10 August 2012
Timor-Leste Will Soon Lose An Important Capability with Departure of UNMIT and ISF
Fundasaun Mahein 09 August 2012 - Timorese generally feel a sense of pride when contemplating the departure of UNMIT and ISF from Timor-Leste at the end of the year. It is a sign that not only can we walk on our own two feet and provide for our own safety and security, but that the international community believes so as well.
However, while FALINTIL-FDTL and PNTL have largely provided for day-to-day safety and security for some years now, it is important to remember that the UNMIT/ISF departure will leave us lacking some important capabilities immediately after their departure.
Once UNMIT and ISF leave, their air capability will depart with them. The Timorese Government does not yet seem prepared for this eventuality.
UNMIT has a range of MI-8 transport helicopters and the ISF has many surveillance and transport helicopters. When their mission is completed, these helicopters and their capabilities will also be leaving the country.
The capabilities of these air assets are as follows, and they are all important Government responsibilities – ones for which we seem unprepared to assume responsibility as a country:
• MEDEVAC – Medical Evacuation: Since the arrival of UNAMET in 1999, international peacekeeping forces and their helicopters have provided medical evacuation services not just to foreigners but to countless Timorese. The Ministry of Health has been very reliant on this capability and many lives have been saved. Secretary of State for Equality Idelta Rodrigues benefitted from this service as a victim of a serious car accident in 2010. What is the Ministry of Health’s plan for this problem?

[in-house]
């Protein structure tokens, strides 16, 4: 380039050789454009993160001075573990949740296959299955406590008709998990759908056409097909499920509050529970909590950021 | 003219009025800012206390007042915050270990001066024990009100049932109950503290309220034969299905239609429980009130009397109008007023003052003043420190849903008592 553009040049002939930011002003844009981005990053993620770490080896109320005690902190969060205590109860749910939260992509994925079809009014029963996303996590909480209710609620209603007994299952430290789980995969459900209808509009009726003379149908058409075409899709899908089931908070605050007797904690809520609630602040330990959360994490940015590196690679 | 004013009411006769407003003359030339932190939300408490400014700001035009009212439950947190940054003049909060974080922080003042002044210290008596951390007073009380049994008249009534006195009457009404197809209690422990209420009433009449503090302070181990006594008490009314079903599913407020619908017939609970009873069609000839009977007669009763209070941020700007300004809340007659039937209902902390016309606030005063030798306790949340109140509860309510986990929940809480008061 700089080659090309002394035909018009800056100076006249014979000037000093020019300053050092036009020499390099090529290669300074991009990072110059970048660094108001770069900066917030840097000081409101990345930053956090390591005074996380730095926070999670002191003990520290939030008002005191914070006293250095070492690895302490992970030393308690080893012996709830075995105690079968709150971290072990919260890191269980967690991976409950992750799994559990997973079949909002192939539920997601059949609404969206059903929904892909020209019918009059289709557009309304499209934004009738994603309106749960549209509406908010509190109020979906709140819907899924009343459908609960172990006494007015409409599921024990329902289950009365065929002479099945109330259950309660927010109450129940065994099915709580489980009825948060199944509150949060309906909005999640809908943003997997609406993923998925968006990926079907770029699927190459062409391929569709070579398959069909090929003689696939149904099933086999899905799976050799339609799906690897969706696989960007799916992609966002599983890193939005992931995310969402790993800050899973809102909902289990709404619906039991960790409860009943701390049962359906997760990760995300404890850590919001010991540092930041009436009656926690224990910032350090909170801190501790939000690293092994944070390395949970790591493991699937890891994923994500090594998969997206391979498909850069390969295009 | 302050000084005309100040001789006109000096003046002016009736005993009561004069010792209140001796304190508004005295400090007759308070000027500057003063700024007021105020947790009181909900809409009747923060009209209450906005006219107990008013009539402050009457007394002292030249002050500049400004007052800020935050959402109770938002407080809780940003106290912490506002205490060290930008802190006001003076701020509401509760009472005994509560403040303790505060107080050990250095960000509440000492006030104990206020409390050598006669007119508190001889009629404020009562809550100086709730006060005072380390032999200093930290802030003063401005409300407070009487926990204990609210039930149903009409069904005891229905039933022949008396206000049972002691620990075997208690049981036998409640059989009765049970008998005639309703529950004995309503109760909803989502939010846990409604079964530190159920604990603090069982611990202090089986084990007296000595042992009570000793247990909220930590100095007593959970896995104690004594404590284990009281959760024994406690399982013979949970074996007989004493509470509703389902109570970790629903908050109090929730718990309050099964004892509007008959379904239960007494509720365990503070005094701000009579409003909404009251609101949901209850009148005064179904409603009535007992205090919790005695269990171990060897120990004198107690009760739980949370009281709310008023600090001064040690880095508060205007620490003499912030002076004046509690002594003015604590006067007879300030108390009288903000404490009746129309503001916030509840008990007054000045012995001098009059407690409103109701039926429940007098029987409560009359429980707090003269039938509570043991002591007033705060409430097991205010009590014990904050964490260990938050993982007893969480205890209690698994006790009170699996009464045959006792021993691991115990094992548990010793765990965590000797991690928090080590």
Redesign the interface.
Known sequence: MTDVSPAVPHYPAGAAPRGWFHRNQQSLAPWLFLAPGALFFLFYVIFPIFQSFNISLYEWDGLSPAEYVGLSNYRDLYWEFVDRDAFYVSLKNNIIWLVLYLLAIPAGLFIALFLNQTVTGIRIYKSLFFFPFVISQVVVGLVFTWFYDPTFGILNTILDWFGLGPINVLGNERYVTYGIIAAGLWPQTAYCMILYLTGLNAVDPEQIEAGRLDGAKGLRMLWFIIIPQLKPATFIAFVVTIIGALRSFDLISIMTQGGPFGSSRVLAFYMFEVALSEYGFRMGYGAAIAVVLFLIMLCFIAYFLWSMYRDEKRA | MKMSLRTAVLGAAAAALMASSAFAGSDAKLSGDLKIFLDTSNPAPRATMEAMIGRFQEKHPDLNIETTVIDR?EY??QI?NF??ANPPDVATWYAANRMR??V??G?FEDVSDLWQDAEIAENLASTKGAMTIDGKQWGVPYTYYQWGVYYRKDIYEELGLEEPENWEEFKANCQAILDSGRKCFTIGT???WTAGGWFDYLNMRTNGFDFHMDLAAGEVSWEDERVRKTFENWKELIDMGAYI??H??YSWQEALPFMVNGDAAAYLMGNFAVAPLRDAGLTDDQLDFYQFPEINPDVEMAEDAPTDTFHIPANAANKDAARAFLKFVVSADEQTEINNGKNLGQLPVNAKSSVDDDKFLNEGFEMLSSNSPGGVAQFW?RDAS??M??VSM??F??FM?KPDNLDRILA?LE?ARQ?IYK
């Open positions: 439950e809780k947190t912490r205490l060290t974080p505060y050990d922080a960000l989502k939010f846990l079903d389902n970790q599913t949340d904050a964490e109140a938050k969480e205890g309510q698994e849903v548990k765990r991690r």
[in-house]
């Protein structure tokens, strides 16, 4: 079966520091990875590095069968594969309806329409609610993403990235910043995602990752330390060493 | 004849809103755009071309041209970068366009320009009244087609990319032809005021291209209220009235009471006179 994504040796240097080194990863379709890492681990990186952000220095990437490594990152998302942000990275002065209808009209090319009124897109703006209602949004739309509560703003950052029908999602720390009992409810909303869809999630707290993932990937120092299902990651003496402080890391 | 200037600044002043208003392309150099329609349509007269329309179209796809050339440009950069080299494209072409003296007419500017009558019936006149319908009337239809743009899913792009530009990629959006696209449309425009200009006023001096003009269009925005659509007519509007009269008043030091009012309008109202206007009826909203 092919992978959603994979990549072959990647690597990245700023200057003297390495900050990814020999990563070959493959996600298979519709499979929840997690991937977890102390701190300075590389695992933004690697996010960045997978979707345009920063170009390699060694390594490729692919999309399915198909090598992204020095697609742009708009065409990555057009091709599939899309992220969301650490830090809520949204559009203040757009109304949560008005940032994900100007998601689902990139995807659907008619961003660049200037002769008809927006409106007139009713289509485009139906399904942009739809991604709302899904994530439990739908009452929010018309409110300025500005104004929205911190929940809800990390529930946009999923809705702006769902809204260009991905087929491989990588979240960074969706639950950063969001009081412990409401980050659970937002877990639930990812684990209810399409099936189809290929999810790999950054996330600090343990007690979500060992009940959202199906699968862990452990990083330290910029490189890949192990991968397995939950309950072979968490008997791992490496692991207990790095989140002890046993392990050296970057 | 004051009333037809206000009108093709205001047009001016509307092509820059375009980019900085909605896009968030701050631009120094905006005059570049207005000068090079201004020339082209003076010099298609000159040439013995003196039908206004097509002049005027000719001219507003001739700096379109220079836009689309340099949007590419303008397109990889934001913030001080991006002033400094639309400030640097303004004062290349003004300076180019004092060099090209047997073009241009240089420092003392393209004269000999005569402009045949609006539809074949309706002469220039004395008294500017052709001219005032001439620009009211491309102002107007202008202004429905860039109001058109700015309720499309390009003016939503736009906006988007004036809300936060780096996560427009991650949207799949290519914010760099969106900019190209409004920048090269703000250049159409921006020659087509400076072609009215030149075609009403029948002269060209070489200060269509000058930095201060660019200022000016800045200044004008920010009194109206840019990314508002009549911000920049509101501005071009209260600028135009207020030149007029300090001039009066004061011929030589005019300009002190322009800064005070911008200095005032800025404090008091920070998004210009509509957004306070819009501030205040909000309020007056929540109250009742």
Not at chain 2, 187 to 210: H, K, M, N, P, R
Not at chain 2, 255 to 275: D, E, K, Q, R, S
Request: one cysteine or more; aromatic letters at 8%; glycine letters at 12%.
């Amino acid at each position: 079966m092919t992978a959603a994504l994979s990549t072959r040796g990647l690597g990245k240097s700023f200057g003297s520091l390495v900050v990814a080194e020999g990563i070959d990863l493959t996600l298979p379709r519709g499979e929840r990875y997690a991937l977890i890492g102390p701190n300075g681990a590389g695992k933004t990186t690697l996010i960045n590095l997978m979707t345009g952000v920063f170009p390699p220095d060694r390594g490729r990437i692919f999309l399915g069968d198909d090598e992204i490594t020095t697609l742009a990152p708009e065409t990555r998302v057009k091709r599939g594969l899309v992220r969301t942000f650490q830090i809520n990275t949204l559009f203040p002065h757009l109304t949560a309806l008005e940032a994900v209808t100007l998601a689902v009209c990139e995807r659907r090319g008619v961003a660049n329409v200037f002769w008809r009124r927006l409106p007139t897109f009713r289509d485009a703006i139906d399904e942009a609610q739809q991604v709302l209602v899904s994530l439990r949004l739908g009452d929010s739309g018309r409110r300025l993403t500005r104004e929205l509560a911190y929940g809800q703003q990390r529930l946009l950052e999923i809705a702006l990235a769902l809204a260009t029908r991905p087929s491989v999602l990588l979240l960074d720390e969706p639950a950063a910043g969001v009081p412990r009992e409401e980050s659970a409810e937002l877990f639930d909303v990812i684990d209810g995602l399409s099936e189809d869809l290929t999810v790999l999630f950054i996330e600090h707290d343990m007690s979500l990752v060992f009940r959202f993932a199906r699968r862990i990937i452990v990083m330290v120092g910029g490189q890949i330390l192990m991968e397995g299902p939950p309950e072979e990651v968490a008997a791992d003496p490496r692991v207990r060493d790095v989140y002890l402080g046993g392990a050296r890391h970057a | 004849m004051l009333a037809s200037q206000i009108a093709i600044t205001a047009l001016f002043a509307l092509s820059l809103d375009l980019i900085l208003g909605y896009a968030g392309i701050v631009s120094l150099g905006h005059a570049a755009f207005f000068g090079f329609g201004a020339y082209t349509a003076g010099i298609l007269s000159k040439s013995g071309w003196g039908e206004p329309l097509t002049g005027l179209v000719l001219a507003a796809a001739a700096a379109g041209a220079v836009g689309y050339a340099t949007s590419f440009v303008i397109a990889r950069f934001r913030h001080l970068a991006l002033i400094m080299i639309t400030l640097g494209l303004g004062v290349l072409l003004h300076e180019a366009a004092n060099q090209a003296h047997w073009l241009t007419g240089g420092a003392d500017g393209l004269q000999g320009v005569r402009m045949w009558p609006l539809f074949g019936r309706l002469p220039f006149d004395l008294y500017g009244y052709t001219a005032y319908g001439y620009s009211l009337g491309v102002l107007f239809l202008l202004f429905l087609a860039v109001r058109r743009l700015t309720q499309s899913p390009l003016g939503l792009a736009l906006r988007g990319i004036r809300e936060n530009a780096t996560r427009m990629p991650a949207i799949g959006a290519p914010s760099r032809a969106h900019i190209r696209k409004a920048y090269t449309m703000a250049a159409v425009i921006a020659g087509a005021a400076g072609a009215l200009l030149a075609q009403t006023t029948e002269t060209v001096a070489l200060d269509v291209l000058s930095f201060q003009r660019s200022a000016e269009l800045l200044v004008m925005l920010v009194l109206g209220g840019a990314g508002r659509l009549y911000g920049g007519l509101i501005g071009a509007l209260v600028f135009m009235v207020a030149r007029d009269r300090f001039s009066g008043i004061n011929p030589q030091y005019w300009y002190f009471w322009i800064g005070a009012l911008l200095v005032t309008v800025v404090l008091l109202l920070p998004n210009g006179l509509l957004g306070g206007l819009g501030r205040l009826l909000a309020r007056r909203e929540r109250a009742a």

• SAR – Search and Rescue: Since 1999, the search and rescue operations of persons lost at sea, in the mountains, or victims of land slides, floods and other disasters have benefited from the use of helicopters. With the UNMIT/ISF departure does the Ministry or State Administration, Civil Security and PNTL have a plan for assuming responsibility?
• Surveillance: Helicopters provide critical ability to gain accurate visual information about security issues both at sea and over land. Border security often requires visual confirmation of issues from the air, as do the full range of internal security issues. UNMIT and ISF air assets have done this for 13 years. FALINTIL-FDTL have planned for a Light Air Component – but we still do not have the equipment/maintenance/facilities. PNTL plans for gaining capability in this area seem even less well developed than the F-FDTL. What are the plans for getting them?
• VIP Travel: Timorese leadership have often needed air transport for reasons of responding internal conflicts or preventing conflicts from occurring. They have also needed the air transport for other more political activities. Are there plans by the Council of Ministers for replacing international capabilities with national capabilities?
How much will all of this cost? What are the plans, if any? If these responsibilities are viewed as priorities, what other Government activity should we cut in order to pay for these tasks? Should we eliminate business class air travel for example.